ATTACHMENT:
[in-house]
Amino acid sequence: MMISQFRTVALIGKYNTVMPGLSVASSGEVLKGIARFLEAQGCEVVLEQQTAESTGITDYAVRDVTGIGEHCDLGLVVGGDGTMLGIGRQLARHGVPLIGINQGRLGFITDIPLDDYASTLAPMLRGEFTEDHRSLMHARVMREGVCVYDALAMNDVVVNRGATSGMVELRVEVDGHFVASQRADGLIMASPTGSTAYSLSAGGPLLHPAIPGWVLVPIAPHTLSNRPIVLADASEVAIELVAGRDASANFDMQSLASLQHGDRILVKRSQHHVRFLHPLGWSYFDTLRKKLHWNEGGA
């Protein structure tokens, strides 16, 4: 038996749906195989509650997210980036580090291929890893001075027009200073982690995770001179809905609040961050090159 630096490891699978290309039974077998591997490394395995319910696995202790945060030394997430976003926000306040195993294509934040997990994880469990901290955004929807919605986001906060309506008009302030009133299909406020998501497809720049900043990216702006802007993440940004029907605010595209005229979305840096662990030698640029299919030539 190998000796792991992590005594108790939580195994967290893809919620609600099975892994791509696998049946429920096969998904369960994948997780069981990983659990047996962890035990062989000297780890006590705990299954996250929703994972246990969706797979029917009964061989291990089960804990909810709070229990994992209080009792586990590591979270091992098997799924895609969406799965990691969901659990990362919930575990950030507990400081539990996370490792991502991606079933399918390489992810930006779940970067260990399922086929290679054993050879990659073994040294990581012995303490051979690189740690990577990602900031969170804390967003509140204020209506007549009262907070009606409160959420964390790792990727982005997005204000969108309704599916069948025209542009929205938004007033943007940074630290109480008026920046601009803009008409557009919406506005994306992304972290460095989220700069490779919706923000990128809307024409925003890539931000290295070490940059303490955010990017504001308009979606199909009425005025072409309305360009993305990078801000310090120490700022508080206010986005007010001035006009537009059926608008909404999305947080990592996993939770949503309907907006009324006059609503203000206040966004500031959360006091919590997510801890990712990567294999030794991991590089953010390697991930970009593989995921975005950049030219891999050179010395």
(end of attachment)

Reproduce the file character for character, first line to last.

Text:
[in-house]
Amino acid sequence: MMISQFRTVALIGKYNTVMPGLSVASSGEVLKGIARFLEAQGCEVVLEQQTAESTGITDYAVRDVTGIGEHCDLGLVVGGDGTMLGIGRQLARHGVPLIGINQGRLGFITDIPLDDYASTLAPMLRGEFTEDHRSLMHARVMREGVCVYDALAMNDVVVNRGATSGMVELRVEVDGHFVASQRADGLIMASPTGSTAYSLSAGGPLLHPAIPGWVLVPIAPHTLSNRPIVLADASEVAIELVAGRDASANFDMQSLASLQHGDRILVKRSQHHVRFLHPLGWSYFDTLRKKLHWNEGGA
């Protein structure tokens, strides 16, 4: 038996749906195989509650997210980036580090291929890893001075027009200073982690995770001179809905609040961050090159 630096490891699978290309039974077998591997490394395995319910696995202790945060030394997430976003926000306040195993294509934040997990994880469990901290955004929807919605986001906060309506008009302030009133299909406020998501497809720049900043990216702006802007993440940004029907605010595209005229979305840096662990030698640029299919030539 190998000796792991992590005594108790939580195994967290893809919620609600099975892994791509696998049946429920096969998904369960994948997780069981990983659990047996962890035990062989000297780890006590705990299954996250929703994972246990969706797979029917009964061989291990089960804990909810709070229990994992209080009792586990590591979270091992098997799924895609969406799965990691969901659990990362919930575990950030507990400081539990996370490792991502991606079933399918390489992810930006779940970067260990399922086929290679054993050879990659073994040294990581012995303490051979690189740690990577990602900031969170804390967003509140204020209506007549009262907070009606409160959420964390790792990727982005997005204000969108309704599916069948025209542009929205938004007033943007940074630290109480008026920046601009803009008409557009919406506005994306992304972290460095989220700069490779919706923000990128809307024409925003890539931000290295070490940059303490955010990017504001308009979606199909009425005025072409309305360009993305990078801000310090120490700022508080206010986005007010001035006009537009059926608008909404999305947080990592996993939770949503309907907006009324006059609503203000206040966004500031959360006091919590997510801890990712990567294999030794991991590089953010390697991930970009593989995921975005950049030219891999050179010395």